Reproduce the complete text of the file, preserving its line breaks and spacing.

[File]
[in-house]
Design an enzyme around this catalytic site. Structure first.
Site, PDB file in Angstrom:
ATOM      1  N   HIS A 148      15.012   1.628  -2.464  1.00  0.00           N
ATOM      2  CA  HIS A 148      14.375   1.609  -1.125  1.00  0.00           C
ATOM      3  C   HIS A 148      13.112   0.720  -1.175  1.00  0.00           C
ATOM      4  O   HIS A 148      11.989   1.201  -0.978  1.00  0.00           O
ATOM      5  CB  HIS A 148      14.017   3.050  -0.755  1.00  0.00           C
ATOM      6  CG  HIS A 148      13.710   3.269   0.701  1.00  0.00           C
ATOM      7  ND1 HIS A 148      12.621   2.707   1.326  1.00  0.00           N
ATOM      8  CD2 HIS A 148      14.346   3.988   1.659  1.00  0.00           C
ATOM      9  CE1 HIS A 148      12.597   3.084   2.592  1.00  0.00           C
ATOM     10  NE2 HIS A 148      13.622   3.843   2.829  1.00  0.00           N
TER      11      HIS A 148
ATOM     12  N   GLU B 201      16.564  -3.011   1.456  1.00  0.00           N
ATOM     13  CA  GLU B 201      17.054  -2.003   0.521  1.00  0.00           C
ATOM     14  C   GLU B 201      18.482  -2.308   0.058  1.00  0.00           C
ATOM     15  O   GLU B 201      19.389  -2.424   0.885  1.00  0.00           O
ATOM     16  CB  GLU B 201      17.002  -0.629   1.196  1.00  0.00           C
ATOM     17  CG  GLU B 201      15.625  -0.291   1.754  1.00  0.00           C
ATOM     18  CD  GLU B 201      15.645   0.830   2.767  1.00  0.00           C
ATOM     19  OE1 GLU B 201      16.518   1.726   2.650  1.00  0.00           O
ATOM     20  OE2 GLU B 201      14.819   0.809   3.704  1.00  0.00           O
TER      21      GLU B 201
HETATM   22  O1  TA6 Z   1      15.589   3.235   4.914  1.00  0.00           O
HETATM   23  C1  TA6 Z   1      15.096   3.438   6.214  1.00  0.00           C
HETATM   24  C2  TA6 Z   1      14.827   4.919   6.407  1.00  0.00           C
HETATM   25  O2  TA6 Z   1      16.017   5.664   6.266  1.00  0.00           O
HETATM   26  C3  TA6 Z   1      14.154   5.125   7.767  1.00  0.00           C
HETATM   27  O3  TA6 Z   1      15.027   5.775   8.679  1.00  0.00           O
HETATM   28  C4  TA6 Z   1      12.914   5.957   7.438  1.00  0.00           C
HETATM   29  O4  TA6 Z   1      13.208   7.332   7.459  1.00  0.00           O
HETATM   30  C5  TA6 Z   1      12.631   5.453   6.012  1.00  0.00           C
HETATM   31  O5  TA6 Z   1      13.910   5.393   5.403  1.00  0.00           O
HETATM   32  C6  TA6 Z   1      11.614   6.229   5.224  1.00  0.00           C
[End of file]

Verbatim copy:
[in-house]
Design an enzyme around this catalytic site. Structure first.
Site, PDB file in Angstrom:
ATOM      1  N   HIS A 148      15.012   1.628  -2.464  1.00  0.00           N
ATOM      2  CA  HIS A 148      14.375   1.609  -1.125  1.00  0.00           C
ATOM      3  C   HIS A 148      13.112   0.720  -1.175  1.00  0.00           C
ATOM      4  O   HIS A 148      11.989   1.201  -0.978  1.00  0.00           O
ATOM      5  CB  HIS A 148      14.017   3.050  -0.755  1.00  0.00           C
ATOM      6  CG  HIS A 148      13.710   3.269   0.701  1.00  0.00           C
ATOM      7  ND1 HIS A 148      12.621   2.707   1.326  1.00  0.00           N
ATOM      8  CD2 HIS A 148      14.346   3.988   1.659  1.00  0.00           C
ATOM      9  CE1 HIS A 148      12.597   3.084   2.592  1.00  0.00           C
ATOM     10  NE2 HIS A 148      13.622   3.843   2.829  1.00  0.00           N
TER      11      HIS A 148
ATOM     12  N   GLU B 201      16.564  -3.011   1.456  1.00  0.00           N
ATOM     13  CA  GLU B 201      17.054  -2.003   0.521  1.00  0.00           C
ATOM     14  C   GLU B 201      18.482  -2.308   0.058  1.00  0.00           C
ATOM     15  O   GLU B 201      19.389  -2.424   0.885  1.00  0.00           O
ATOM     16  CB  GLU B 201      17.002  -0.629   1.196  1.00  0.00           C
ATOM     17  CG  GLU B 201      15.625  -0.291   1.754  1.00  0.00           C
ATOM     18  CD  GLU B 201      15.645   0.830   2.767  1.00  0.00           C
ATOM     19  OE1 GLU B 201      16.518   1.726   2.650  1.00  0.00           O
ATOM     20  OE2 GLU B 201      14.819   0.809   3.704  1.00  0.00           O
TER      21      GLU B 201
HETATM   22  O1  TA6 Z   1      15.589   3.235   4.914  1.00  0.00           O
HETATM   23  C1  TA6 Z   1      15.096   3.438   6.214  1.00  0.00           C
HETATM   24  C2  TA6 Z   1      14.827   4.919   6.407  1.00  0.00           C
HETATM   25  O2  TA6 Z   1      16.017   5.664   6.266  1.00  0.00           O
HETATM   26  C3  TA6 Z   1      14.154   5.125   7.767  1.00  0.00           C
HETATM   27  O3  TA6 Z   1      15.027   5.775   8.679  1.00  0.00           O
HETATM   28  C4  TA6 Z   1      12.914   5.957   7.438  1.00  0.00           C
HETATM   29  O4  TA6 Z   1      13.208   7.332   7.459  1.00  0.00           O
HETATM   30  C5  TA6 Z   1      12.631   5.453   6.012  1.00  0.00           C
HETATM   31  O5  TA6 Z   1      13.910   5.393   5.403  1.00  0.00           O
HETATM   32  C6  TA6 Z   1      11.614   6.229   5.224  1.00  0.00           C